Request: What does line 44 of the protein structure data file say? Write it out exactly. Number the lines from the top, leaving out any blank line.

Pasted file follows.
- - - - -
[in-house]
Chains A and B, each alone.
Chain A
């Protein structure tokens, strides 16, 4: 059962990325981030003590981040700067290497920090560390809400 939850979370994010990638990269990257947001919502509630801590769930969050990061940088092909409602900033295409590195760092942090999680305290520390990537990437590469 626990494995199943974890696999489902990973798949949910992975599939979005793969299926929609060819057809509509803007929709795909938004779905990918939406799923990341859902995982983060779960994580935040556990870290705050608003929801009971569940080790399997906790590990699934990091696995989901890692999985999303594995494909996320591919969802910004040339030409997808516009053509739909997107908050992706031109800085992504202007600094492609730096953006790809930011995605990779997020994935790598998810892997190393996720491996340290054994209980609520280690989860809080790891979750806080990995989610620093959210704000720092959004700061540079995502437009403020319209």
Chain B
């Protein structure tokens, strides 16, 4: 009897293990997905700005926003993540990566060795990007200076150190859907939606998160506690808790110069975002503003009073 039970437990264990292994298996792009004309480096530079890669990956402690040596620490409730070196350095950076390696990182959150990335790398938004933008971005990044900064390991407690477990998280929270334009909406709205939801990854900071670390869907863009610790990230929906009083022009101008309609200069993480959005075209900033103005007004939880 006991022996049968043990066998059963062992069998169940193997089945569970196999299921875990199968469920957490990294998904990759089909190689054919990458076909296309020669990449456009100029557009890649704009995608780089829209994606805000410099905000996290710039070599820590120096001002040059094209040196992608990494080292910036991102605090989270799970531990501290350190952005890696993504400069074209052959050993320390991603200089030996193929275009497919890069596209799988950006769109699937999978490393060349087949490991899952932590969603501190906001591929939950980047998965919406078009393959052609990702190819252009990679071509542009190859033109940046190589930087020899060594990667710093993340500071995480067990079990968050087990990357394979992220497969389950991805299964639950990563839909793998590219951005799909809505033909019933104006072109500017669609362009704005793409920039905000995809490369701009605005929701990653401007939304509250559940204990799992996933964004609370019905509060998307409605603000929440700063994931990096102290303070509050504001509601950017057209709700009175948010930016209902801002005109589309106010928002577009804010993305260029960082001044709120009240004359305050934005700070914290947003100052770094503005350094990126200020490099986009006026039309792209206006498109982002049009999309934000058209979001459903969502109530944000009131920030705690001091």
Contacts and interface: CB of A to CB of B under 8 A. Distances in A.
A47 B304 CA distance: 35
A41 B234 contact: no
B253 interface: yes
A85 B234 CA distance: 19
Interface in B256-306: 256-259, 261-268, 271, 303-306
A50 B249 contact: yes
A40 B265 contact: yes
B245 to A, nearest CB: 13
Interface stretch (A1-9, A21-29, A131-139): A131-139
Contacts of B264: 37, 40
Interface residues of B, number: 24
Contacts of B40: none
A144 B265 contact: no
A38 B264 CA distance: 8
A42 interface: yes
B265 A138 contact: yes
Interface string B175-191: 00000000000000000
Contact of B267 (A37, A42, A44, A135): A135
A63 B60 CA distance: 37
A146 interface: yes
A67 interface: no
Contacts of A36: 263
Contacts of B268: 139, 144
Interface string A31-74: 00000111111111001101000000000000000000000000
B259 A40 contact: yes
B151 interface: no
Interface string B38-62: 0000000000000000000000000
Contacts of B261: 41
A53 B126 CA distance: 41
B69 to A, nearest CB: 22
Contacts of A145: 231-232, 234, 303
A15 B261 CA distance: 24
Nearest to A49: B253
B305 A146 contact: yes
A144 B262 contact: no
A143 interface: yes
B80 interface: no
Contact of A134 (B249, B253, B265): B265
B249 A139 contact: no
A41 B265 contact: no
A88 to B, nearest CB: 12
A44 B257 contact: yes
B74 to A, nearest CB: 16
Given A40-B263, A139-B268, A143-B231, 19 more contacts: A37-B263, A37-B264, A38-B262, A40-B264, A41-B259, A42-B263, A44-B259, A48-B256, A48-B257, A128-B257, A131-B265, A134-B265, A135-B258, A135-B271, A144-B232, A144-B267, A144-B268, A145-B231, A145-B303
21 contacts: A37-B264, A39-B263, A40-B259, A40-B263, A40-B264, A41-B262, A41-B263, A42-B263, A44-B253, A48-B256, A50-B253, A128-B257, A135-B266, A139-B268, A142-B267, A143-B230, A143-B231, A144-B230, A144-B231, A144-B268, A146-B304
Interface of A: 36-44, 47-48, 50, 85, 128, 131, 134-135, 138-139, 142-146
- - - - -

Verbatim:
B80 interface: no